Carleton University will host the lecture A Cultural History of Caring for the Dead Body by celebrated historian Thomas Laqueur. The event is part of the Shannon Lecture Series and is sponsored by the Department of History.
When: Friday, Dec. 2, 2016, at 2:30 p.m.
Where: Room 282, University Centre, Carleton University
Info: This event is free and open to the public. The lecture will be followed by a reception in the History Lounge, Room 433, Paterson Hall, at 4 p.m.
Proponents of cremation in the late 19th century viewed burning the dead in high technology ovens borrowed from the steel industry as a great step forward for civilization. In this lecture, Laqueur will discuss why they thought this was the case and why the materialist view of the body that they advocated had relatively little support even among the cultural radicals who embraced cremation. It will look at one particular instance of medical advocacy as a utopian project to rid the dead of their history.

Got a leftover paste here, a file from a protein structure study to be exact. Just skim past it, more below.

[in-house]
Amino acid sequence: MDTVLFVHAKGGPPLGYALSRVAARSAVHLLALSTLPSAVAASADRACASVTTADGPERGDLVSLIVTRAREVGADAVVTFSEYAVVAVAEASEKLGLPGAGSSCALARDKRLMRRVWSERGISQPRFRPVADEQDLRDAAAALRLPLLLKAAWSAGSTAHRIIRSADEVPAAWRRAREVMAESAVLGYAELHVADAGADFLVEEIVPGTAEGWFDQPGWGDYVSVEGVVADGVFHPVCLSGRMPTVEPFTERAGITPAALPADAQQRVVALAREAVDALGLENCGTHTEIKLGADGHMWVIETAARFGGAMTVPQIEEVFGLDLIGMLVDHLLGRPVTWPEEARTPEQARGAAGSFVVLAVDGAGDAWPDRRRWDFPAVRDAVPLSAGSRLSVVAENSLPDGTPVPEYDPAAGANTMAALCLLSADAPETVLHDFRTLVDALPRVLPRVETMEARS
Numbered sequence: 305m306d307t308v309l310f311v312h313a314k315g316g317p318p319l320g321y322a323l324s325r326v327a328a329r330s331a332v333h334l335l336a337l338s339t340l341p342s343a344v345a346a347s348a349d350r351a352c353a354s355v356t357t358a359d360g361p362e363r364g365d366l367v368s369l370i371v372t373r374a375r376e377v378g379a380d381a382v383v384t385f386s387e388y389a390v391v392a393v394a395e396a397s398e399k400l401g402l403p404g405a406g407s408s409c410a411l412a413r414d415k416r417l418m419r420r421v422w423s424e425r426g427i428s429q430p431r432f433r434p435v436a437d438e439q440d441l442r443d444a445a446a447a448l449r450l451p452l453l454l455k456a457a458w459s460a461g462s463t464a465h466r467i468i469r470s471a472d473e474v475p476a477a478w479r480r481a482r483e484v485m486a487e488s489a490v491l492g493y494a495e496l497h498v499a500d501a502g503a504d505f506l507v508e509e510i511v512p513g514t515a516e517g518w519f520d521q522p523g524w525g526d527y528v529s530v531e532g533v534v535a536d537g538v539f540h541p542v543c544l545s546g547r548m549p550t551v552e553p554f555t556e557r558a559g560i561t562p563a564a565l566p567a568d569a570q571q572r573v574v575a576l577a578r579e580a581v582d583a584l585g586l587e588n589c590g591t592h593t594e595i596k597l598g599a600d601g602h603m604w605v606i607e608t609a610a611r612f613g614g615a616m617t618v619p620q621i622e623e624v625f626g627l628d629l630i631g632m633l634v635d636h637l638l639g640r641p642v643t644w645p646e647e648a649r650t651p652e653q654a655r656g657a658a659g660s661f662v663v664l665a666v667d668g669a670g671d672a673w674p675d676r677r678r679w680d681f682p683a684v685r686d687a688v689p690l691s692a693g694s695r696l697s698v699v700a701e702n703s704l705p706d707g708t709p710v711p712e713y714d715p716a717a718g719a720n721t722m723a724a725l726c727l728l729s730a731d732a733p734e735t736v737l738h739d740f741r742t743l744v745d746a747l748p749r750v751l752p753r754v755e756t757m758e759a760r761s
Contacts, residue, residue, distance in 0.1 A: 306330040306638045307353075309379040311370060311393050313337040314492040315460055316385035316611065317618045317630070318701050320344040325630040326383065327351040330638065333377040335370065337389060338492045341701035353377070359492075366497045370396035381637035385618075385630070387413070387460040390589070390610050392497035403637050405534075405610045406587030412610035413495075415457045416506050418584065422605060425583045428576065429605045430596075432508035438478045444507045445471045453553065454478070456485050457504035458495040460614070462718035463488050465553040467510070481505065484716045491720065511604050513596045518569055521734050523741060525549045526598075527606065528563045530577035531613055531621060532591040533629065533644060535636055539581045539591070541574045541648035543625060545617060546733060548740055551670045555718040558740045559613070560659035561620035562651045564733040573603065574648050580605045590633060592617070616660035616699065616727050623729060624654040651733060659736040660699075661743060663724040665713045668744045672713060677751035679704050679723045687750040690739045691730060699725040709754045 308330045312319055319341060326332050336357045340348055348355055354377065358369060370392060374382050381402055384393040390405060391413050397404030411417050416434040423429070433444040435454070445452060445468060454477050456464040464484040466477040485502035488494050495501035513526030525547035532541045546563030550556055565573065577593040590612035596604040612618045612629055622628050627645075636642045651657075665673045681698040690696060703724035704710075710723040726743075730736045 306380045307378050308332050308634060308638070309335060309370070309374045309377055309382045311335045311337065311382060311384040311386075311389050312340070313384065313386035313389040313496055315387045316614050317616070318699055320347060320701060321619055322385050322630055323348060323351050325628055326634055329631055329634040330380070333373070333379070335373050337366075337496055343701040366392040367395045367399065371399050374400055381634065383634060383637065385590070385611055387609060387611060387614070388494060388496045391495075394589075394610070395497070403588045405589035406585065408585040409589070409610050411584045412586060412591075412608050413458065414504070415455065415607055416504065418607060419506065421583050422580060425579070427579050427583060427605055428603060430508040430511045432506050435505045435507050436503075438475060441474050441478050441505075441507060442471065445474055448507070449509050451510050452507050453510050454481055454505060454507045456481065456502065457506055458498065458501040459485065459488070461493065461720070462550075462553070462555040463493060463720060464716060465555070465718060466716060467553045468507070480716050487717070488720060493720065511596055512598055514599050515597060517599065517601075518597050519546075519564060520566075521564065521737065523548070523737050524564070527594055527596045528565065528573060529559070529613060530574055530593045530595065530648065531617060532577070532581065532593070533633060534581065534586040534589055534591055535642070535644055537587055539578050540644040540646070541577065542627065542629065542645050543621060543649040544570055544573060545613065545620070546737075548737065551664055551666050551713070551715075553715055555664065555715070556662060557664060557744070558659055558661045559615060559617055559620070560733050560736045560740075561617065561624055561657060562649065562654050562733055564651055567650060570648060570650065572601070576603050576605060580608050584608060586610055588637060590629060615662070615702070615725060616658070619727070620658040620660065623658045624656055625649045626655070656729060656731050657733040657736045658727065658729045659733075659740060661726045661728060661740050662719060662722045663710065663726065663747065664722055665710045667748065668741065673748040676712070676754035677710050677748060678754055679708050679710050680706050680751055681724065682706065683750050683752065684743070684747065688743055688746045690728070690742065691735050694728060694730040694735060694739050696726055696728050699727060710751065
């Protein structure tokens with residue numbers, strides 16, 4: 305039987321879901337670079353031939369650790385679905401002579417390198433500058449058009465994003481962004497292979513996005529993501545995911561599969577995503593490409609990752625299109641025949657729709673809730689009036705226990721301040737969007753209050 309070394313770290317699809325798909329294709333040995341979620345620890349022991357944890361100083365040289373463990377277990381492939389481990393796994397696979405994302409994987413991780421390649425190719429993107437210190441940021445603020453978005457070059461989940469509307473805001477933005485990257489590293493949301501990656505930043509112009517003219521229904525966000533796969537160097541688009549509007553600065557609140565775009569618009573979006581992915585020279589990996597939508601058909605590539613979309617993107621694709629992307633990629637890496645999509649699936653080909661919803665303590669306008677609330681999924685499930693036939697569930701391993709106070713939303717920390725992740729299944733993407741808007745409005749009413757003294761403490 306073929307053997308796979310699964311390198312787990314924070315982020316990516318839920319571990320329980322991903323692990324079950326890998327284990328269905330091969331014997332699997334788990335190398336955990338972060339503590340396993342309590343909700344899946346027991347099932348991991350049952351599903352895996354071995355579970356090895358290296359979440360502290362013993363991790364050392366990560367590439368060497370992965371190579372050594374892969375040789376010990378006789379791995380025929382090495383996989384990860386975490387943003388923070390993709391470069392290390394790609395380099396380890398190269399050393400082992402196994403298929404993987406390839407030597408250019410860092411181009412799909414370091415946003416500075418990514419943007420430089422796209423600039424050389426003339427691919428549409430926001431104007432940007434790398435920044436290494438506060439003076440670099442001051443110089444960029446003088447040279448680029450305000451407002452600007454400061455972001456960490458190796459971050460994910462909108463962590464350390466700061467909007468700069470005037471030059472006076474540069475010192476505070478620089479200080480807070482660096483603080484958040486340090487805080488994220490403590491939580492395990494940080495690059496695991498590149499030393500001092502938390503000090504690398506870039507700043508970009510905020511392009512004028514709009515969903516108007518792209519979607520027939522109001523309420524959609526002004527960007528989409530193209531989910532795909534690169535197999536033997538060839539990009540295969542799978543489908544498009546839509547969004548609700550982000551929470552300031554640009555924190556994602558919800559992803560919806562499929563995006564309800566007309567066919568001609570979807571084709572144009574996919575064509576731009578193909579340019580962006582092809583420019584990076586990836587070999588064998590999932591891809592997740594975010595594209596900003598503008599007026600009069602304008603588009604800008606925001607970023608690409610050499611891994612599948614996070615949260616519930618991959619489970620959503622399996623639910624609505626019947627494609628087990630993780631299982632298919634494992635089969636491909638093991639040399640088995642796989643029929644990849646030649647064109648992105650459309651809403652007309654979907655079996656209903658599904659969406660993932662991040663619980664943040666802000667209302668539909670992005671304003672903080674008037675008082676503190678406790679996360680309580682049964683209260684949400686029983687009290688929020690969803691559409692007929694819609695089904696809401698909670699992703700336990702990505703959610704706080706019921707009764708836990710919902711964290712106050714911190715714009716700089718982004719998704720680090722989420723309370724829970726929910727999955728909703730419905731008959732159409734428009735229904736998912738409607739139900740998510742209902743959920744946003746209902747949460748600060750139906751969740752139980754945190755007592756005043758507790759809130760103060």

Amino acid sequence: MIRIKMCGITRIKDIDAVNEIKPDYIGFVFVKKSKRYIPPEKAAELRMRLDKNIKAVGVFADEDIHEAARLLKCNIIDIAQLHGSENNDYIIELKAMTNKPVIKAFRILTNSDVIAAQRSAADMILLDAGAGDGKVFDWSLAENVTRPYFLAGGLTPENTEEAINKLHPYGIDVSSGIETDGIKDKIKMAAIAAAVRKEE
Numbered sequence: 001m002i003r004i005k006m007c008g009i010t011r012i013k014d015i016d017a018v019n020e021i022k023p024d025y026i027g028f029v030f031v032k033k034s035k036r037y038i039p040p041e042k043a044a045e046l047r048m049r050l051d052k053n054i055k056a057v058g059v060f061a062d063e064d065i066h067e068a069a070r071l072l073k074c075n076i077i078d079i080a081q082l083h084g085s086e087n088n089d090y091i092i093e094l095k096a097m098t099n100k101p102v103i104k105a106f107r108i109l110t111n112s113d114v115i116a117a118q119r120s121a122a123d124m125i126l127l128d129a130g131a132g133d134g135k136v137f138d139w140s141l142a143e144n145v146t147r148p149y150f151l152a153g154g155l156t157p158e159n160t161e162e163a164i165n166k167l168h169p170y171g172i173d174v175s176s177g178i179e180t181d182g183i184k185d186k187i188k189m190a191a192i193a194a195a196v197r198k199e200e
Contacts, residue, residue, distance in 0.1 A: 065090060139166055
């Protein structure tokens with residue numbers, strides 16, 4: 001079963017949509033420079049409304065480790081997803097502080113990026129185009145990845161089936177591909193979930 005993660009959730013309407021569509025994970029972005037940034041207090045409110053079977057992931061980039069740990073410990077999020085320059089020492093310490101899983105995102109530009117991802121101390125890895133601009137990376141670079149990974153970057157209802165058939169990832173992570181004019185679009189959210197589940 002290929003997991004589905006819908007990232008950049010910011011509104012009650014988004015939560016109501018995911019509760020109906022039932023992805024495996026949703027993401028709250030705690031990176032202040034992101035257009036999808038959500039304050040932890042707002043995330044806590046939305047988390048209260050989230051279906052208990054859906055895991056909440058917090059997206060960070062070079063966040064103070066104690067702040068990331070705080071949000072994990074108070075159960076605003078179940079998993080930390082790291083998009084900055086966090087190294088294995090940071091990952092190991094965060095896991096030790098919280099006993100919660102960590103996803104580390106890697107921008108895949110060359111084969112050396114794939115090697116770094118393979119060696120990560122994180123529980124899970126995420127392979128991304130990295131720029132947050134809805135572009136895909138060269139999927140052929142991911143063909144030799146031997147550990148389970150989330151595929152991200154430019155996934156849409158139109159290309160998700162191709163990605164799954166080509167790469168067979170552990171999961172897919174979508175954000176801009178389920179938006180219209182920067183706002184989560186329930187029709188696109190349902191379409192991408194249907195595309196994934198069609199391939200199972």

About Thomas Laqueur
Laqueur is the Helen Fawcett Distinguished Professor of History at the University of California, Berkeley. His most recent academic work has culminated in his book The Work of the Dead, which recently won the Cundill Prize, the 2016 PROSE Award in European & World History (Association of American Publishers) and the 2016 Gold Medal in World History (Independent Publisher Book Awards).